After the first session was completed (*survived* more accurately describes my sensation at the time), all bets would be off, and I would follow where the experience led me. I felt then, and continue to feel now, that there is no reason why a MOOC should resemble anything we are currently familiar with.

I watched as Sebastian Thrun quickly moved Udacity away from his original conception of a highly structured, programmed traditional course – with all that entails – to offering more a smorgasbord of mini-courses, built up from what can be viewed as stand-alone lectures. I asked myself then, and continue to do so, if I should hang on to the central notion of a course, and maybe just tweak it.

So far I have decided I should, the main reason being, as I tried to explain in my last post, the kind of experience I feel best results in the kind of learning I want to provide.

In particular, the primary goal of my course was, and is, to help develop a particular *way of thinking* – certain *habits of mind*. That is best achieved, I believe, by focusing on particular “content”.

I used the quotation marks there, because I think it is not accurate to view learning *experiences* (for experiences are what produce learning) as a certain volume of “content” that is “contained” is some sort of container or vessel. But it seems that everyone else knows what the term (*educational*) *content* means – a shared understanding that provides Silicon Valley entrepreneurs with a nice story to raise investment for developing “platforms” to “deliver” that “content” – so I’ll go with it. (I used the word five times in my last post, and no one wrote in to object or say they did not understand what I meant.)

Anther reason for maintaining a course structure (the indefinite article is intentional) is that I want my course to function as a *transition course*, to help students make the shift from high school to university. And for the foreseeable future, I think universities will continue to carve up “content” into delivery packages called “courses”.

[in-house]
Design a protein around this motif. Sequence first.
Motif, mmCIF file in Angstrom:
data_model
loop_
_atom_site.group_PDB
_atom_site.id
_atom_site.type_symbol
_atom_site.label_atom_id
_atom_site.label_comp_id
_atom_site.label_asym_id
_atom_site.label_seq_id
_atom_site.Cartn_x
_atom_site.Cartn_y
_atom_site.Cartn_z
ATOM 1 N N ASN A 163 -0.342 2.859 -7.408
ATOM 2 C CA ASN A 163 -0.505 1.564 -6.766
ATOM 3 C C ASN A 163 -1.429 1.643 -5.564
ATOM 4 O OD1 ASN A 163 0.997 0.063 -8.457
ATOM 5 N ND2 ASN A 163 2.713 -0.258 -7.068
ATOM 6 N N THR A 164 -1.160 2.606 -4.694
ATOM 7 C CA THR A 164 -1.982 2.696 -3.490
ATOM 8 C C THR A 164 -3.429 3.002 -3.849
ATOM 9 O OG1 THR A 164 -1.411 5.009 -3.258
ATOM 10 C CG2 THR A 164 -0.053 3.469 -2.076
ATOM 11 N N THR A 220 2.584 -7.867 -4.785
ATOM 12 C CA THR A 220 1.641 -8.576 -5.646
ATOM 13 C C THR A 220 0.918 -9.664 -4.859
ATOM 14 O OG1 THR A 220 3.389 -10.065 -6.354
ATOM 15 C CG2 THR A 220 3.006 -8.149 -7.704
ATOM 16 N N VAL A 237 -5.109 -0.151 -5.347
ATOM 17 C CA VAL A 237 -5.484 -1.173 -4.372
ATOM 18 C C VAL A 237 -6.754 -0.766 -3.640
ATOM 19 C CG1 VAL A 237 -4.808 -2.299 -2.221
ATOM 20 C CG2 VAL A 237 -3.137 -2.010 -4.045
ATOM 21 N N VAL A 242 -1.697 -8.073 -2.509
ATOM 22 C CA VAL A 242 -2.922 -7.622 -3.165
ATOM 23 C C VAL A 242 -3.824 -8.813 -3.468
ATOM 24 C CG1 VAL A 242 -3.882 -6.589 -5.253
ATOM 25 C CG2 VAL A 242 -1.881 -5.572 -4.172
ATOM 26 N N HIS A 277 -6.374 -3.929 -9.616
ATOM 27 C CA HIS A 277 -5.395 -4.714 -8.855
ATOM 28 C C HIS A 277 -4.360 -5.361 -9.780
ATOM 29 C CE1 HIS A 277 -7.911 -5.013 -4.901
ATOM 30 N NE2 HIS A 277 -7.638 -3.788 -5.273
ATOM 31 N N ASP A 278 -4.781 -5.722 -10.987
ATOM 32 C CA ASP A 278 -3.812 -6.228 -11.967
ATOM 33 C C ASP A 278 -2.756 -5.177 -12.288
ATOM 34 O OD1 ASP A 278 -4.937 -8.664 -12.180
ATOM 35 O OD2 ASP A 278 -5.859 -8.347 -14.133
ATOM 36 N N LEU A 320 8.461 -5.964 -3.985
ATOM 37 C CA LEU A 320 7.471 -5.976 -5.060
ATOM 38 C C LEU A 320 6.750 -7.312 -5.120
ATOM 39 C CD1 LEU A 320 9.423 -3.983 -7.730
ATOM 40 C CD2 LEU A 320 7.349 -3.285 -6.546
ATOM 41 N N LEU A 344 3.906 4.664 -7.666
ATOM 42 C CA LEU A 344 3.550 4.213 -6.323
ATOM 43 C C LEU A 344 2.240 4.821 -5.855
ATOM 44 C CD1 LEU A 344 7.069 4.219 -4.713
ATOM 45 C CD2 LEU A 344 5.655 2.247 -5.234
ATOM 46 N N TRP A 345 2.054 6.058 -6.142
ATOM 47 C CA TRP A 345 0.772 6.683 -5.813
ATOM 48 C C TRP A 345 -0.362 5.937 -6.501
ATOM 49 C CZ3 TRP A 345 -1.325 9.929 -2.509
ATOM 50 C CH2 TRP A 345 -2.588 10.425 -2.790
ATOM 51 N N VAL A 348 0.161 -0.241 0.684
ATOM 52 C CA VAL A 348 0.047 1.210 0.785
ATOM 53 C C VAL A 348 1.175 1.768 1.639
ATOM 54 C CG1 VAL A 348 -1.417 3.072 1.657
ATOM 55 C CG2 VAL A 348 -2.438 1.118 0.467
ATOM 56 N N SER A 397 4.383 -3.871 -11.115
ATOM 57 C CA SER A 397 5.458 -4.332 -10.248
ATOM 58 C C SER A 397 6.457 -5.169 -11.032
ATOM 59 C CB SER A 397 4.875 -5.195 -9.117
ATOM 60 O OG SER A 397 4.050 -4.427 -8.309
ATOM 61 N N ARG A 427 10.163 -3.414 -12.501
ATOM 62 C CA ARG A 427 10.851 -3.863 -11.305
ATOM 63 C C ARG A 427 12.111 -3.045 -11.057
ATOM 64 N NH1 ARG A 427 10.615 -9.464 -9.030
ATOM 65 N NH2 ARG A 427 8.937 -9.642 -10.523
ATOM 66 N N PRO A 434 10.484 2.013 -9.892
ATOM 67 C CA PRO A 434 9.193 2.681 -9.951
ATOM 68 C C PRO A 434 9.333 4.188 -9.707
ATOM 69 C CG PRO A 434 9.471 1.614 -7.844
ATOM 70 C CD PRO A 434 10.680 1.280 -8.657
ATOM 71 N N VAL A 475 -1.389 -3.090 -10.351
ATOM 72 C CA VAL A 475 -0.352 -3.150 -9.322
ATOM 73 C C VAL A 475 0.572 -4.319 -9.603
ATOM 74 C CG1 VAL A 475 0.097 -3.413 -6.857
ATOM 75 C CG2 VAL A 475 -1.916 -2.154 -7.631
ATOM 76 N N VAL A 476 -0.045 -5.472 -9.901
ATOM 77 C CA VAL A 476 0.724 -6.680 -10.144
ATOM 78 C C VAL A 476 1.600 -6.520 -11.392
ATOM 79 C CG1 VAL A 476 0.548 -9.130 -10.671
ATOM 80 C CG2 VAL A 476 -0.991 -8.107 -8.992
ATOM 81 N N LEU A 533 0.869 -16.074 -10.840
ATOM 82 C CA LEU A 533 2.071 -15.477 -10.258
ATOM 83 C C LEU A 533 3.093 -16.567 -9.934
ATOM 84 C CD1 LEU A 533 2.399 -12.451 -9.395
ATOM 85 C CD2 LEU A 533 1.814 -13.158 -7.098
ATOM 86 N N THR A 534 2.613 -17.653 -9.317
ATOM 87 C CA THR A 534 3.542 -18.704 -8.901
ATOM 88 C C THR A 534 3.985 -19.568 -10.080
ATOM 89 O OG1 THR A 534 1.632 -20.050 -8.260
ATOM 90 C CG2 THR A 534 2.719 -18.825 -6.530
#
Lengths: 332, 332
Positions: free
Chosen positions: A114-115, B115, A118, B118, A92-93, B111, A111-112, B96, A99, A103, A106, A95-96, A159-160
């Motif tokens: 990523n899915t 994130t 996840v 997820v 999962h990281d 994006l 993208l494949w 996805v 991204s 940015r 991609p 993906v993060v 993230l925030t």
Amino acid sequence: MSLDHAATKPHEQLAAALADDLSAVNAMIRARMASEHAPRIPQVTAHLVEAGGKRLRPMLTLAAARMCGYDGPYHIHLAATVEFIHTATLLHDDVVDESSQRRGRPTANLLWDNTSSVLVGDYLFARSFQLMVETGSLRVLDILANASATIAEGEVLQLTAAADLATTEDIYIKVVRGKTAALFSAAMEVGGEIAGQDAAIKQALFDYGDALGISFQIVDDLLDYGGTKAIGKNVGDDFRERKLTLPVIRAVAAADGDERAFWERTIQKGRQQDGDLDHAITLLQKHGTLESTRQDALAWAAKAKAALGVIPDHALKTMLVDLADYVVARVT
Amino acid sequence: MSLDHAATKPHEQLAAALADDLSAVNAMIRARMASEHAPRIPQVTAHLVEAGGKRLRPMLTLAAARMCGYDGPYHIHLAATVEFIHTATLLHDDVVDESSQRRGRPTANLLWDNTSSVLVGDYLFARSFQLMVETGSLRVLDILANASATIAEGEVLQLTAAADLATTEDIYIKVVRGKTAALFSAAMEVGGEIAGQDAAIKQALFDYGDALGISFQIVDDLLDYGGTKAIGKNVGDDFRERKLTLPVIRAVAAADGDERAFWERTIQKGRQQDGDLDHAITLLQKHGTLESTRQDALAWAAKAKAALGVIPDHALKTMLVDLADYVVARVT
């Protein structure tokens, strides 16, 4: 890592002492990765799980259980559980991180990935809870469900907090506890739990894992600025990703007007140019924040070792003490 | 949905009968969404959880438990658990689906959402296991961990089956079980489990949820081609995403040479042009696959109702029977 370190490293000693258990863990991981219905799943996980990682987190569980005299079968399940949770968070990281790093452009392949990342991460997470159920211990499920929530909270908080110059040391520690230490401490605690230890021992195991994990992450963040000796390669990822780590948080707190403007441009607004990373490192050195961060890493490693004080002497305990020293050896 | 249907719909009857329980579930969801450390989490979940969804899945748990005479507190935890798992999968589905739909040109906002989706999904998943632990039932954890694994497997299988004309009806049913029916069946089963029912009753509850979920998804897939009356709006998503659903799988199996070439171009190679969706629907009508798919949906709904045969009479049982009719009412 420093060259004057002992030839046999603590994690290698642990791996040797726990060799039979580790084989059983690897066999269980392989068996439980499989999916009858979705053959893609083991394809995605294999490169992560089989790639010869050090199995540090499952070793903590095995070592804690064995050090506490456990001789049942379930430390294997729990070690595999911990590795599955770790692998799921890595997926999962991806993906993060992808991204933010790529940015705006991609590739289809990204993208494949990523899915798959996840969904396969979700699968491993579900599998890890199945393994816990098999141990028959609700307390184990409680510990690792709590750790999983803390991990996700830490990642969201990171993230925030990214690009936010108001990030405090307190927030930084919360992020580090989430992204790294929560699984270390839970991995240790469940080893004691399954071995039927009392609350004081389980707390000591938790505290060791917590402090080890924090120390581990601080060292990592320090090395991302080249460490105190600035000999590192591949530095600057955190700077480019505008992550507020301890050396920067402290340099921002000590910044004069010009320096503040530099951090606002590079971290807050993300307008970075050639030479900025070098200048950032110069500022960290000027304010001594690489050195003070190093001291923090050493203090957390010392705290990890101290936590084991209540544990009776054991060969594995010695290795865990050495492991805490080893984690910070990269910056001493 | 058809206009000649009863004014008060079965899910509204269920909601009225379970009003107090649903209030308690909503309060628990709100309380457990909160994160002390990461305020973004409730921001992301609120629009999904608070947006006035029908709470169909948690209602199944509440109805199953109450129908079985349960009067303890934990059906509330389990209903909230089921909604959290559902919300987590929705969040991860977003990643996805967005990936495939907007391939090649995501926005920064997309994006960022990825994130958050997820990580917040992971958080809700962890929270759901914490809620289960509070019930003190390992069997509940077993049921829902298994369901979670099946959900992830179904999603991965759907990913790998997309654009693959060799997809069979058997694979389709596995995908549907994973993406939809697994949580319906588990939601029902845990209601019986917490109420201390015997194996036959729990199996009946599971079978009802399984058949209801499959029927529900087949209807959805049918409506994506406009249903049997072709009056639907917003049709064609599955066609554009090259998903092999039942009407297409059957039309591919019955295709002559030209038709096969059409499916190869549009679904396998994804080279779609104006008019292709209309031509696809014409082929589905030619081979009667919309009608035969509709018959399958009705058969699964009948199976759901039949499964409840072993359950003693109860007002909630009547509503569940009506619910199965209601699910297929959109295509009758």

The third reason for having a *course* is our old friend, student expectations. Many of my full-term students tell me that they signed up because they *want* a course, with all that entails: commitment, deadlines, testing, and community.

That third reason likely reflects the self-selection implicit in students who sign up for a MOOC, fully 80% of whom (according to recent MOOC research) already have a college degree, and hence are adapted to – and good at – learning that way.

This implies that, by offering a *course*, I may be reinforcing that emergent trend of primarily providing further college education to individuals who already had one.

That may, in fact, be where MOOCs will end up. For sure, Udacity’s recent pivot appears to reflect Sebastian Thrun’s having decided to direct his (investors’) money toward that audience/market.

If the provision of *continuing* higher education for college graduates does turn out to be the main benefit that MOOCs provide, that will surely be something for we MOOC developers to be proud of, particularly in a world in which everyone will need to learn and re-tool throughout their lives. (Major innovations rarely land where the innovators thought they would, or do what was originally intended.)

But in that case, MOOCs won’t yield the massive cost savings in first-pass, higher education that many politicians and education-system administrators have been thinking they offer.